Because the shape of the world is spherical, it is difficult to represent it on a plain paper. Cartographers use projections to make maps. Different map projections are made dots and lines.

Mercator projections

The Mercator Projection was made by the Flemish geographer and cartographer Gerardus Mercator in 1569. It is a cylindrical map projection.
It has parallel latitude and longitude information. The land masses in the poles are exaggerated and therefore the figures are correct, but the areas are distorted.

Mercator projections

Conic projections

The conical projection system is placed on the earth of a cone shape and is reflected in points and lines. There is very little distortion between latitude lines. It has a high degree of accuracy in small areas. Used in road and weather maps.

Conic projections System

Gnomonic projections

Gnomonic projection is made of protruding points and lines. On a piece of paper touching a single point on the sphere is made by reflecting the dots and lines from the spheres. There is no distortion in the single point where the map is foreseen. Therefore, it is ideal for navigation. Specifies the straightest route when traveling from one point to another.

Gnomonic projections

Topographic Maps

Topographic maps are maps that show the valleys, hills and changes in altitudes and are used to show forests, rivers, roads. Uses points, lines and colors to show the earth’s surface elevations and shapes.

Topographic Maps

Contour lines Elevation on a topographic map is represented by a contour line. Elevation refers to the distance of a location above or below sea level. A contour line connects points of equal elevation. Because contour lines connect points of equal elevation, they never cross. If they did, it would mean that the point where they crossed had two different elevations, which would be impossible.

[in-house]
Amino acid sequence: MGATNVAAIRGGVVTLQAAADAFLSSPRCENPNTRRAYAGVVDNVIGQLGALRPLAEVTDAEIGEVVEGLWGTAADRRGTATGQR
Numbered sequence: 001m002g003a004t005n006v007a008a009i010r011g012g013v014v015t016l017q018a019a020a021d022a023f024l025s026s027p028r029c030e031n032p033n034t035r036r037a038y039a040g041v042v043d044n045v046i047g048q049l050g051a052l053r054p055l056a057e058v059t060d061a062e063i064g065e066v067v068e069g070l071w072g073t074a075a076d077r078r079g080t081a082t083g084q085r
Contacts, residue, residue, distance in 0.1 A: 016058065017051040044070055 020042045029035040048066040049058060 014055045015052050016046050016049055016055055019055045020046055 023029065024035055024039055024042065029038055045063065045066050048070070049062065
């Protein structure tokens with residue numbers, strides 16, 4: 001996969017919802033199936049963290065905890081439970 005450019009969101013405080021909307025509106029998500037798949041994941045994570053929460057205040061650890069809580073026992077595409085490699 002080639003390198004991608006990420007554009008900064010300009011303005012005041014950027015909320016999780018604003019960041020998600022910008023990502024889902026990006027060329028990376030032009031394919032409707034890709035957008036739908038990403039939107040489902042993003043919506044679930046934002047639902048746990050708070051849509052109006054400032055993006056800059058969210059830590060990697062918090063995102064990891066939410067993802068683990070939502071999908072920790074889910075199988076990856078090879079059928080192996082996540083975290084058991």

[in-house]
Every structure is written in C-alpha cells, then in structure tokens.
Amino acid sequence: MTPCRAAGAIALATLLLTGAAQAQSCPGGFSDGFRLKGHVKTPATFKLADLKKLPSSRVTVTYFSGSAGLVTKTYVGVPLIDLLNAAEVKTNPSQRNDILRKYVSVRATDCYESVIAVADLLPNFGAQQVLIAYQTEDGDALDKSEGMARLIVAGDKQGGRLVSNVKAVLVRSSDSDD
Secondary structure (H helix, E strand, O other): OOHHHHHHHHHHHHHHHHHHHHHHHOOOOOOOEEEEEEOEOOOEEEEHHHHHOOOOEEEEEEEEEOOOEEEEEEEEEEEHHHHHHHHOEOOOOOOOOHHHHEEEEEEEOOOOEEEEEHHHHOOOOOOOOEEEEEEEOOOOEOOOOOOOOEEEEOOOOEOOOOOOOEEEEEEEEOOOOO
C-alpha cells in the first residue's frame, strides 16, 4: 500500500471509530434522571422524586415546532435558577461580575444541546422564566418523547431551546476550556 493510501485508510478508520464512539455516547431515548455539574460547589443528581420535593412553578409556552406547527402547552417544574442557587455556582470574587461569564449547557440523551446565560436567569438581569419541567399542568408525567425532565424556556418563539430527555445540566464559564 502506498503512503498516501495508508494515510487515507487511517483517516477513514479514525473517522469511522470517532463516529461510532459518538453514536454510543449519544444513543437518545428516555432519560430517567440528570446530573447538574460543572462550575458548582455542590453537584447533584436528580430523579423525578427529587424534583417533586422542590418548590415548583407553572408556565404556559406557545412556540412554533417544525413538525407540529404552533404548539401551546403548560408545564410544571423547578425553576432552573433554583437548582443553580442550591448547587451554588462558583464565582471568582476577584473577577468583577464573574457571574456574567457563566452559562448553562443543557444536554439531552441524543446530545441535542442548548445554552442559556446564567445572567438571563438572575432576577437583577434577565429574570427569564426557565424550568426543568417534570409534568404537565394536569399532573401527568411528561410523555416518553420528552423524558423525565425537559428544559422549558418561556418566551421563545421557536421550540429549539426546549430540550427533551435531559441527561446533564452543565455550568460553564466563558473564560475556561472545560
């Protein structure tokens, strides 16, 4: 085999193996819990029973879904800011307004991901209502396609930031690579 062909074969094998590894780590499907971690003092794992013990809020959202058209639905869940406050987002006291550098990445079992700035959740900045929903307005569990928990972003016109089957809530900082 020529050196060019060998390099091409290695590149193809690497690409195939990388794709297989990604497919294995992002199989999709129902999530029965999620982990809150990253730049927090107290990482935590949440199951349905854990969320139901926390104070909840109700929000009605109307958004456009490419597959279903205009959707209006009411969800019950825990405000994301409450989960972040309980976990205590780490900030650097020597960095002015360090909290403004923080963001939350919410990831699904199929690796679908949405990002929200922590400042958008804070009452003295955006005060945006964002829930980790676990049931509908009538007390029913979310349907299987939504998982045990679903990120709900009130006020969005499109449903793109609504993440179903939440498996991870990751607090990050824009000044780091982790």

Contour intervals,  topographic maps use contour lines to show changes in elevation. The difference in elevation between two side-by-side contour lines is called the contour interval. The contour interval is dependent on the terrain

Index contours To aid in the interpretation of topographic maps, some contour lines are marked by numbers representing their elevations. These contour lines are called index contours, and they are used hand-in-hand with contour intervals to help determine elevation.

Geologic Maps

The most useful tool for a geologist is a geological map. The geology map is used to show the distribution of the formations. Also a geological map shows fault lines and bedrock.

Using the information contained on a geologic map, combined with data from visible rock formations, geologists can infer how rocks might look below Earth’s surface. They can also gather information about geologic trends, based on the type and distribution of rock shown on the map.

geological maps of cyprus island

Three-dimensional maps Topographic and geologic maps are two-dimensional models of Earth’s surface. Sometimes, scientists need to visualize Earth three-dimensionally. To do this, scientists often rely on computers to digitize features such as rivers, mountains, valleys, and hills.

Map Legends

Most maps include both human-made and natural features located on Earth’s surface. These features are represented by symbols, such as black dotted lines for trails, solid red lines for highways, and small black squares and rectangles for buildings

Map Scales

When using a map, you need to know how to measure distances. This is accomplished by using a map scale. A map scale is the ratio between distances on a map and actual distances on the surface of Earth. Normally, map scales are measured in SI, but as you will see on the map in the GeoLab, sometimes they are in measured in different units such as miles and inches. There are three types of map scales: verbal scales, graphic scales, and fractional scales.


Borrero B.,Hess F,S,.Hsu,J.,Kunze, G., Stephen A. Leslie ), Stephen LetroMichael MangaLen Sharp ( 2008 ) Glencoe Earth Science: Geology, the Environment, and the Universe, Student Edition (HS EARTH SCI GEO, ENV, UNIV) 1st Edition, Earth Science,